For those who have travelled, especially to lands with languages different than what they are accustomed with, facing situations of inadequate communication must have been a part of their memories. Even though we somehow manage with signs and gestures, the need for some common words or a language is felt deeply. The aspect that I am trying to delve upon is something very simple, yet critical. The issue of being compatible and interoperable is felt not only in languages, but in most situations of our day-to-day life. When we intend to move from local to beyond it becomes a necessity. Even though evolution of most elements of nature has in-built commonalities, the development of cultures and civilizations have created rational anomalies and differences – in lifestyles, in linguistics, in art and in many other things. Interoperability – the main theme of this issue – is all about the argument of bridging these gaps, however in a slightly different gamut.
Understanding interoperability in the arena of GIS and its application, is tricky, no doubt. Most industries embarking upon GIS have been relatively slow to adapt to various platforms, especially in novice situations. Further, in such milieu, most industries have maintained an alliance to a certain vendor, a certain system or a certain set of application disciplines. It might also be said that most prospective investors into the geospatial arena are also guided (often unintentionally) as to what must be the investment with regards to the needs. Since there were not too many players in the field at a certain time, vendors also priced their products rather high. And this steep pricing was aimed at firstly, someone convinced and willing to buy the product, and secondly to someone who would be sticking to the product in the future. As a result, most vendors had to create some degree of dependence on the product. This approach is absolutely acceptable considering the limited and focused formation of the GIS market.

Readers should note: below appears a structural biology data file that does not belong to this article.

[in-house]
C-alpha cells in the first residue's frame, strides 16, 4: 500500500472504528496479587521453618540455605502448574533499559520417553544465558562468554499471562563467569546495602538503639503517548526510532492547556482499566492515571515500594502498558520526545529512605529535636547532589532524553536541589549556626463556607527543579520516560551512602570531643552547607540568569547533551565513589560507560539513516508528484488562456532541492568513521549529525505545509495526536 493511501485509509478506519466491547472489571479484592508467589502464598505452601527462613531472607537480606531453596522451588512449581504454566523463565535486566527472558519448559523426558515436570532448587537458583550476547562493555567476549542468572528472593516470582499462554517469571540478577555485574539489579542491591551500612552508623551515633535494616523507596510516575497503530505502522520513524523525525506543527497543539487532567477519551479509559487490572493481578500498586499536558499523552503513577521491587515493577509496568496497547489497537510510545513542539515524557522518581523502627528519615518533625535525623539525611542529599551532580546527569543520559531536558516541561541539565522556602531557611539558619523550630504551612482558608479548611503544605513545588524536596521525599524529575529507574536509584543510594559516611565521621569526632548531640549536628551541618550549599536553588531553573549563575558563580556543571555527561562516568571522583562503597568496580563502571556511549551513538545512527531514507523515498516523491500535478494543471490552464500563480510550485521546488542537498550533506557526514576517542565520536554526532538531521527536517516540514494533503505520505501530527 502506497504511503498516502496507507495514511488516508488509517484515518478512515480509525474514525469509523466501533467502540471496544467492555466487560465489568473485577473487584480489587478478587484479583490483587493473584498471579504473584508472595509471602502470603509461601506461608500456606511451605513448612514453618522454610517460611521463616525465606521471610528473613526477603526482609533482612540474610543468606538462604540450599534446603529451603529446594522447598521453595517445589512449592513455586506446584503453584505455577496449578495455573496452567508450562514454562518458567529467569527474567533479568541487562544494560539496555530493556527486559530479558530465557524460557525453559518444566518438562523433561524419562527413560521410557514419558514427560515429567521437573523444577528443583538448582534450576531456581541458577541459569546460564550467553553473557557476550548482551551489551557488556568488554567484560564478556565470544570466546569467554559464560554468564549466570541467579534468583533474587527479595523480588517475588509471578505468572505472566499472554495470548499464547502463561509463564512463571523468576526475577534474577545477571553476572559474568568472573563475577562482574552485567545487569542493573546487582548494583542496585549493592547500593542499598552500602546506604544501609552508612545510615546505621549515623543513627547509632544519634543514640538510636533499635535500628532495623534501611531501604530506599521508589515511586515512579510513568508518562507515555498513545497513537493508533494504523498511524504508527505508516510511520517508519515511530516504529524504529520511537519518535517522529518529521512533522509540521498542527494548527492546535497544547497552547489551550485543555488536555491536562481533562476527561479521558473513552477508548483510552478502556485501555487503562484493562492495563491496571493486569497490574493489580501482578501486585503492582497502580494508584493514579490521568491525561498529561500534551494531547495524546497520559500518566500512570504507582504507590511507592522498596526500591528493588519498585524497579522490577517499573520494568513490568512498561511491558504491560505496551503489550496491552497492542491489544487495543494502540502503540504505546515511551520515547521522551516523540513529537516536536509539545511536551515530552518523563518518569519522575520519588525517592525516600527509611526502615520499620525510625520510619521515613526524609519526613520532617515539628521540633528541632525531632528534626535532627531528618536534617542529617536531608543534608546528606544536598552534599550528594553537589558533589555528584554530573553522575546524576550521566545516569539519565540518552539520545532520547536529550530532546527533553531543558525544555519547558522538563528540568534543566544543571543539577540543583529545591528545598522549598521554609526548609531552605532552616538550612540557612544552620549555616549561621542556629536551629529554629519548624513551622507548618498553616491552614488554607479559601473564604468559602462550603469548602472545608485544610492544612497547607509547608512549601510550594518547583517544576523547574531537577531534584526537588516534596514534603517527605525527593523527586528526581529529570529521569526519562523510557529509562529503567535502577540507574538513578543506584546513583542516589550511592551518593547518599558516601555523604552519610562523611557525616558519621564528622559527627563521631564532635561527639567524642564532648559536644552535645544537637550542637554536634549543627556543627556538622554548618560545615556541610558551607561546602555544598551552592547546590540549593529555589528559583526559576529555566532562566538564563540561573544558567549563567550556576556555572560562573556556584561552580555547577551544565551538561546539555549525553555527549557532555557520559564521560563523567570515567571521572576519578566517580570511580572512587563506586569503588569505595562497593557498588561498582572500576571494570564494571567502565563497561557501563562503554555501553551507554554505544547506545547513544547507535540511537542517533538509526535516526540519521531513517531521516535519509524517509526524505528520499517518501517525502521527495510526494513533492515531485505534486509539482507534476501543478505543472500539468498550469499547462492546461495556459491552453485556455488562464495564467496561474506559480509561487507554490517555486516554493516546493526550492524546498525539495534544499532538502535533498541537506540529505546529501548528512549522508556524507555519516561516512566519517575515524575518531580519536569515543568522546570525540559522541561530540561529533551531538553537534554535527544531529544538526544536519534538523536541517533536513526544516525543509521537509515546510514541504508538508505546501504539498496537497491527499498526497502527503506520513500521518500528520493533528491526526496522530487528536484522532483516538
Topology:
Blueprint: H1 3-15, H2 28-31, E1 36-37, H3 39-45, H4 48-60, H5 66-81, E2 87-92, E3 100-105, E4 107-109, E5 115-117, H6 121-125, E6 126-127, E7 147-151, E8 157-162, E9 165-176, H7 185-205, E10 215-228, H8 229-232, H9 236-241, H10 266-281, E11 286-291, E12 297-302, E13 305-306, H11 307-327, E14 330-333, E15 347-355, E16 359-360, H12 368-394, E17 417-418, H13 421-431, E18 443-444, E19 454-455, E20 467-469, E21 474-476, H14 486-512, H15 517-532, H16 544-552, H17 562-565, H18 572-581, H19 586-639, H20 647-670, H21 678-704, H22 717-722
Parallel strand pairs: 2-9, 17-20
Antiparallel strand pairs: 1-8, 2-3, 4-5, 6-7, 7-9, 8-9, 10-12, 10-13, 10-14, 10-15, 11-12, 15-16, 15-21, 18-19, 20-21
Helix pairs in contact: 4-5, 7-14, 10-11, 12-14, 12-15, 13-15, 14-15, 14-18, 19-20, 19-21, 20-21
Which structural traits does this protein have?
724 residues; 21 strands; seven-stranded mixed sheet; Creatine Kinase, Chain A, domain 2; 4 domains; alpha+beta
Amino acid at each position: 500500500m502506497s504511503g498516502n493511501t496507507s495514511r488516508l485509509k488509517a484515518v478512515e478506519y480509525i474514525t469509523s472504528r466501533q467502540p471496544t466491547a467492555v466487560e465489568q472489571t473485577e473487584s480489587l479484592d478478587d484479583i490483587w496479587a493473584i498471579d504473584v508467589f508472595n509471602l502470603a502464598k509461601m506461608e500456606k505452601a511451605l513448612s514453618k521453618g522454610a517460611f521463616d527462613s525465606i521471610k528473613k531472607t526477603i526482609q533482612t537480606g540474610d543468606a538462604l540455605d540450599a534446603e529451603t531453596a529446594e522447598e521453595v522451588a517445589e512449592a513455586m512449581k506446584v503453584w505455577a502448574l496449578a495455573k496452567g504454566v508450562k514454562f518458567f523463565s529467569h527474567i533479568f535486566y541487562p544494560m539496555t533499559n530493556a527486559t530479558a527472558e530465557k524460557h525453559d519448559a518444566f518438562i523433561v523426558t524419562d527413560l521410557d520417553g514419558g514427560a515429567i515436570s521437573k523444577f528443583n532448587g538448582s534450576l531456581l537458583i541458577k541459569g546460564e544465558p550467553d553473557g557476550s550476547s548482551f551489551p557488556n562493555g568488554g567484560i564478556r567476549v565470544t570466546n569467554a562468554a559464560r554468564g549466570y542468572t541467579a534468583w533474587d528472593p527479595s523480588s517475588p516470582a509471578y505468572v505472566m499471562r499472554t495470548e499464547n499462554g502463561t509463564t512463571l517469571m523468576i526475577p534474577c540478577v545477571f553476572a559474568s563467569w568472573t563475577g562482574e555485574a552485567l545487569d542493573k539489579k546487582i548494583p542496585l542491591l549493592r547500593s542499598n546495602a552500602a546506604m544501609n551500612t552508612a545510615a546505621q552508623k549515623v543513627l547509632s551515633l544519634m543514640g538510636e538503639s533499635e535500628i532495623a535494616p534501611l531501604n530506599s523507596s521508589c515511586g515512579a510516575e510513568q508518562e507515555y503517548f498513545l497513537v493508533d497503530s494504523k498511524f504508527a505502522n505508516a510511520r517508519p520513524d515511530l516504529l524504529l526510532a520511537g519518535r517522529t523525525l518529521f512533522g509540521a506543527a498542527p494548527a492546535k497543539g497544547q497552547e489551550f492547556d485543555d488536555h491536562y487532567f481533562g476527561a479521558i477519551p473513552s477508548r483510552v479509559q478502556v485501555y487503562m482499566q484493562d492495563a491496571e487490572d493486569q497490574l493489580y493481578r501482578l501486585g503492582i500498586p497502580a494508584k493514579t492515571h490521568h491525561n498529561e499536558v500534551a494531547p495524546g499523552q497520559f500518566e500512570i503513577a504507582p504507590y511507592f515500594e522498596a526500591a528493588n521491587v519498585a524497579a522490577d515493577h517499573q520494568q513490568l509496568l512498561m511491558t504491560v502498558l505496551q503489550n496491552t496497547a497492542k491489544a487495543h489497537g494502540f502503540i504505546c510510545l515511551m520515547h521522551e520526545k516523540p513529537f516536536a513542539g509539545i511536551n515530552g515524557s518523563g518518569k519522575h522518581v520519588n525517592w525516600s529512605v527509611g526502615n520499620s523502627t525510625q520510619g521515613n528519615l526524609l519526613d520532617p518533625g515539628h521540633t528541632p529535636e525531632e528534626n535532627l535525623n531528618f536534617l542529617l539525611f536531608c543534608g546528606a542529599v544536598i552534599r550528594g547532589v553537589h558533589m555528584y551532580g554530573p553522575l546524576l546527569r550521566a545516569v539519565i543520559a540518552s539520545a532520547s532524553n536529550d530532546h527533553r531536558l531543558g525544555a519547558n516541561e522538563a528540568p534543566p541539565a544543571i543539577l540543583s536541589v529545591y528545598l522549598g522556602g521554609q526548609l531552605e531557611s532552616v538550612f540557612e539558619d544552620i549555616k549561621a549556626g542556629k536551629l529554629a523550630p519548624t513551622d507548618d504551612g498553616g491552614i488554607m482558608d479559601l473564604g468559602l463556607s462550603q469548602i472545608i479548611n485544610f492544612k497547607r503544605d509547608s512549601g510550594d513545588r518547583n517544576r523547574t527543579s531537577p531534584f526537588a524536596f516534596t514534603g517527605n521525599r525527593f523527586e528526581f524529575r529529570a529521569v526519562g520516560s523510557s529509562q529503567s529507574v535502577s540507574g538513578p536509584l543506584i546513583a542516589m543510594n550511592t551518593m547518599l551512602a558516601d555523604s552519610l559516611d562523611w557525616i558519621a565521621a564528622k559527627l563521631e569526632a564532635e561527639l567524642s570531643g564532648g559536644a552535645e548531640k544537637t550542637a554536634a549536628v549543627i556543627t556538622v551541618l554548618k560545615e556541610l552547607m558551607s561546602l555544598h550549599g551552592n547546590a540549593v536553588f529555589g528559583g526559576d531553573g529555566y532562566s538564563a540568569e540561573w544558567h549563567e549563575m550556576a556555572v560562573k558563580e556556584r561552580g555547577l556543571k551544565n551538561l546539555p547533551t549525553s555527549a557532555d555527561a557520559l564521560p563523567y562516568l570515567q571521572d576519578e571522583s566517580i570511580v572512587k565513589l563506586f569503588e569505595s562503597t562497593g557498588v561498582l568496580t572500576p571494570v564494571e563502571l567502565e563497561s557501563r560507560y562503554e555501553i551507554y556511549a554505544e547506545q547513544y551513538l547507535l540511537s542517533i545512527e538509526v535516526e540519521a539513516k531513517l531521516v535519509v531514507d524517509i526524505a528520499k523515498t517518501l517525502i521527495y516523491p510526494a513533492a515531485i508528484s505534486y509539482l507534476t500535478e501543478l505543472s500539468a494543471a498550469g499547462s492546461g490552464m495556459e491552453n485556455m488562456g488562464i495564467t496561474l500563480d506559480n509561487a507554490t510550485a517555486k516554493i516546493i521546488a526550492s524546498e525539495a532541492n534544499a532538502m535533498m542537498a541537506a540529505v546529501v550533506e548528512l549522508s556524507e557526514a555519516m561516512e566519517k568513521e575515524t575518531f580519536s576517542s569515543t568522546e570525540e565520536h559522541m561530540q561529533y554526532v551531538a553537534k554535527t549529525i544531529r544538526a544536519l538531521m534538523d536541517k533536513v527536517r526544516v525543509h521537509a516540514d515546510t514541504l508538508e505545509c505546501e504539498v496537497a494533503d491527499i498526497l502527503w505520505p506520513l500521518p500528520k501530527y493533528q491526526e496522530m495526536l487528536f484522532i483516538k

However, the situation changes with dissemination of information, now becoming a public right. As indoctrinated now that information alone holds the key to empowered development, the need to step over boundaries and learn from the best practices is imminent. As traditional boundaries between organizations, disciplines and societies begin to blur – researchers, administrators and decision makers increasingly require access to information from wide range of sources, both within and without their own subject area. Hence, the emergence of discussions and research upon common platforms, common languages and ‘openness’.
At this juncture, how much of ‘openness’ and ‘interoperability’ can we achieve, it is worth waiting to watch for.